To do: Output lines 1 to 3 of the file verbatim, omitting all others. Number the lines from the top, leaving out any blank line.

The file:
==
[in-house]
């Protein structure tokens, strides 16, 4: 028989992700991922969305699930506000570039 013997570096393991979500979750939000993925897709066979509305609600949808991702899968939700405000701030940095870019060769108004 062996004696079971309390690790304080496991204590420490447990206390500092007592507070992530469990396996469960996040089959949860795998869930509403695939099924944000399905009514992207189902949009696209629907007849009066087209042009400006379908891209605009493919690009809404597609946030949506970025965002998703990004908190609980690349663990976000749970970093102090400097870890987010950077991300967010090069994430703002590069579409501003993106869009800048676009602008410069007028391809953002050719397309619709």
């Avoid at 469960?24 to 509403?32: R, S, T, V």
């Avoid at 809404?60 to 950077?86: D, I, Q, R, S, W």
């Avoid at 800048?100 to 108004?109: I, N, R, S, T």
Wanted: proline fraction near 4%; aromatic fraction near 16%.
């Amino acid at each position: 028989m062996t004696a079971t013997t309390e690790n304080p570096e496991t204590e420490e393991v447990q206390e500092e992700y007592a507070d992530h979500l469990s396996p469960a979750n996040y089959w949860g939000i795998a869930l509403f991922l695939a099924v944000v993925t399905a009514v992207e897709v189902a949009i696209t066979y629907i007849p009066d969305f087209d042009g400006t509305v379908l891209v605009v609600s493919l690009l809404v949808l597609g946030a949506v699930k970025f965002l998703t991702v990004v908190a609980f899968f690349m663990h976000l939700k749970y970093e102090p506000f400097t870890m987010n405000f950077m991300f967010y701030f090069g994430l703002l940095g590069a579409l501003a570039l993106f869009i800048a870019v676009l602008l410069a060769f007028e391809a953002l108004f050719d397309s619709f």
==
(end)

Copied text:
[in-house]
């Protein structure tokens, strides 16, 4: 028989992700991922969305699930506000570039 013997570096393991979500979750939000993925897709066979509305609600949808991702899968939700405000701030940095870019060769108004 062996004696079971309390690790304080496991204590420490447990206390500092007592507070992530469990396996469960996040089959949860795998869930509403695939099924944000399905009514992207189902949009696209629907007849009066087209042009400006379908891209605009493919690009809404597609946030949506970025965002998703990004908190609980690349663990976000749970970093102090400097870890987010950077991300967010090069994430703002590069579409501003993106869009800048676009602008410069007028391809953002050719397309619709």
């Avoid at 469960?24 to 509403?32: R, S, T, V």